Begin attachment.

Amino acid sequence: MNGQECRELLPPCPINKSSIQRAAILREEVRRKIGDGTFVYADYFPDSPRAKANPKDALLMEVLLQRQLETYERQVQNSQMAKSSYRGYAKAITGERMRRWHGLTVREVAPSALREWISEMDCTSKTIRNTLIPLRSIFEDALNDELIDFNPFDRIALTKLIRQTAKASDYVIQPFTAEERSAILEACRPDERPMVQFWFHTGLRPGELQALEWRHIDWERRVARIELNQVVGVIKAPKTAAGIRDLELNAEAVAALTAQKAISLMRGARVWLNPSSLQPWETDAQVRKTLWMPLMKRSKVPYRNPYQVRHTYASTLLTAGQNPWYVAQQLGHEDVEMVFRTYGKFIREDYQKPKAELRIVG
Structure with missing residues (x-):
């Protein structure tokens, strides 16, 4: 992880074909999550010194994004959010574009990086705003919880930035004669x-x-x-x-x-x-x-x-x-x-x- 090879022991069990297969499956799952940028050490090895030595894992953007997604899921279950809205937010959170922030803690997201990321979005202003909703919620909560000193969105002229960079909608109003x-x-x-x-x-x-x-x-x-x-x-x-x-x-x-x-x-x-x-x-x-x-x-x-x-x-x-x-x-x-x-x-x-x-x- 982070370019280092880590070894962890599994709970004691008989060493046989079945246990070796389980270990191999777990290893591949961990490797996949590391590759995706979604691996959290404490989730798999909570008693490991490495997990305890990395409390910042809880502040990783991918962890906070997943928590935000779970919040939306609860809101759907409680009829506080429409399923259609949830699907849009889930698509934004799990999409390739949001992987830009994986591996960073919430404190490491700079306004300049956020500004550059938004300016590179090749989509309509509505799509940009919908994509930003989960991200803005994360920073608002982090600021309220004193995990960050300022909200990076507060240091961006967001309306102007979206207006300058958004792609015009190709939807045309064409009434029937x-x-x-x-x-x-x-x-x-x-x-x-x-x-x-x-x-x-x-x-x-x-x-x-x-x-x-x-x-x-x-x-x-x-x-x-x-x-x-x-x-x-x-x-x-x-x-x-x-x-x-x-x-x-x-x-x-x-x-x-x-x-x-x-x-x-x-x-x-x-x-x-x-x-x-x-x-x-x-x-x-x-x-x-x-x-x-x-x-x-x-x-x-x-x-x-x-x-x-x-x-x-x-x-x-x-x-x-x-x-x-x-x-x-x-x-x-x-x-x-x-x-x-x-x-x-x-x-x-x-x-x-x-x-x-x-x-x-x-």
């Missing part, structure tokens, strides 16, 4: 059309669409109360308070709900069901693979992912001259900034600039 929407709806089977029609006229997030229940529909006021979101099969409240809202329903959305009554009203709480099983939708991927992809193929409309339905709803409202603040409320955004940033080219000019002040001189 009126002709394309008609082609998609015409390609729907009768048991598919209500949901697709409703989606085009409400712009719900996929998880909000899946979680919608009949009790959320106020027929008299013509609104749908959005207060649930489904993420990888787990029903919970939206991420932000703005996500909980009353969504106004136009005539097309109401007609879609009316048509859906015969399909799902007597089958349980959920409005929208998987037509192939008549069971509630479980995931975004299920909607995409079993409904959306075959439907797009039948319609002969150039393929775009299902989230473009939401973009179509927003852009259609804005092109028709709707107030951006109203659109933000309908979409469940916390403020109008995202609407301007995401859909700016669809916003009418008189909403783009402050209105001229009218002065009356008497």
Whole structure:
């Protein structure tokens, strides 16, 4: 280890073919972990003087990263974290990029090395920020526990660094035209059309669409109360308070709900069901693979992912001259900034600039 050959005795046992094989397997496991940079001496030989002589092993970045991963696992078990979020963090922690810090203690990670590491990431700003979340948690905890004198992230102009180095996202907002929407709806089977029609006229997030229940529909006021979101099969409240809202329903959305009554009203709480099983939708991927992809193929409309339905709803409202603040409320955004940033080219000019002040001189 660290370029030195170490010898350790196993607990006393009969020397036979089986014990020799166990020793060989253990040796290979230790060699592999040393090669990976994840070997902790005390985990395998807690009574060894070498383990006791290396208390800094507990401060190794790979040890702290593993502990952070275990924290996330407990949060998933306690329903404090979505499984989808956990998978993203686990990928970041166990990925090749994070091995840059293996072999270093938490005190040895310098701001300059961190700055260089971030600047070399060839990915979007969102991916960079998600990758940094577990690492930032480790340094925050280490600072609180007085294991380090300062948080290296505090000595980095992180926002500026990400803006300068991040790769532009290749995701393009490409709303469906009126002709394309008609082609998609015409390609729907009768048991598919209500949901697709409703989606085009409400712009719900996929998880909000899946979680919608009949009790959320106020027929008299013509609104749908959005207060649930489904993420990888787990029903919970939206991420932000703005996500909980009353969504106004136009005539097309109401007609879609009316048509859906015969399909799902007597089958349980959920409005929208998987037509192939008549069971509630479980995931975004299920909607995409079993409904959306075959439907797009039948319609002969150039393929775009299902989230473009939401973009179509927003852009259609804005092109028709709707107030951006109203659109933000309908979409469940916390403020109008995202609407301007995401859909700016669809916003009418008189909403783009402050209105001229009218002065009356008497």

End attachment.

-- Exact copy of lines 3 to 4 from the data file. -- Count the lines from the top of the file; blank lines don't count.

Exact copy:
């Protein structure tokens, strides 16, 4: 992880074909999550010194994004959010574009990086705003919880930035004669x-x-x-x-x-x-x-x-x-x-x- 090879022991069990297969499956799952940028050490090895030595894992953007997604899921279950809205937010959170922030803690997201990321979005202003909703919620909560000193969105002229960079909608109003x-x-x-x-x-x-x-x-x-x-x-x-x-x-x-x-x-x-x-x-x-x-x-x-x-x-x-x-x-x-x-x-x-x-x- 982070370019280092880590070894962890599994709970004691008989060493046989079945246990070796389980270990191999777990290893591949961990490797996949590391590759995706979604691996959290404490989730798999909570008693490991490495997990305890990395409390910042809880502040990783991918962890906070997943928590935000779970919040939306609860809101759907409680009829506080429409399923259609949830699907849009889930698509934004799990999409390739949001992987830009994986591996960073919430404190490491700079306004300049956020500004550059938004300016590179090749989509309509509505799509940009919908994509930003989960991200803005994360920073608002982090600021309220004193995990960050300022909200990076507060240091961006967001309306102007979206207006300058958004792609015009190709939807045309064409009434029937x-x-x-x-x-x-x-x-x-x-x-x-x-x-x-x-x-x-x-x-x-x-x-x-x-x-x-x-x-x-x-x-x-x-x-x-x-x-x-x-x-x-x-x-x-x-x-x-x-x-x-x-x-x-x-x-x-x-x-x-x-x-x-x-x-x-x-x-x-x-x-x-x-x-x-x-x-x-x-x-x-x-x-x-x-x-x-x-x-x-x-x-x-x-x-x-x-x-x-x-x-x-x-x-x-x-x-x-x-x-x-x-x-x-x-x-x-x-x-x-x-x-x-x-x-x-x-x-x-x-x-x-x-x-x-x-x-x-x-």
């Missing part, structure tokens, strides 16, 4: 059309669409109360308070709900069901693979992912001259900034600039 929407709806089977029609006229997030229940529909006021979101099969409240809202329903959305009554009203709480099983939708991927992809193929409309339905709803409202603040409320955004940033080219000019002040001189 009126002709394309008609082609998609015409390609729907009768048991598919209500949901697709409703989606085009409400712009719900996929998880909000899946979680919608009949009790959320106020027929008299013509609104749908959005207060649930489904993420990888787990029903919970939206991420932000703005996500909980009353969504106004136009005539097309109401007609879609009316048509859906015969399909799902007597089958349980959920409005929208998987037509192939008549069971509630479980995931975004299920909607995409079993409904959306075959439907797009039948319609002969150039393929775009299902989230473009939401973009179509927003852009259609804005092109028709709707107030951006109203659109933000309908979409469940916390403020109008995202609407301007995401859909700016669809916003009418008189909403783009402050209105001229009218002065009356008497």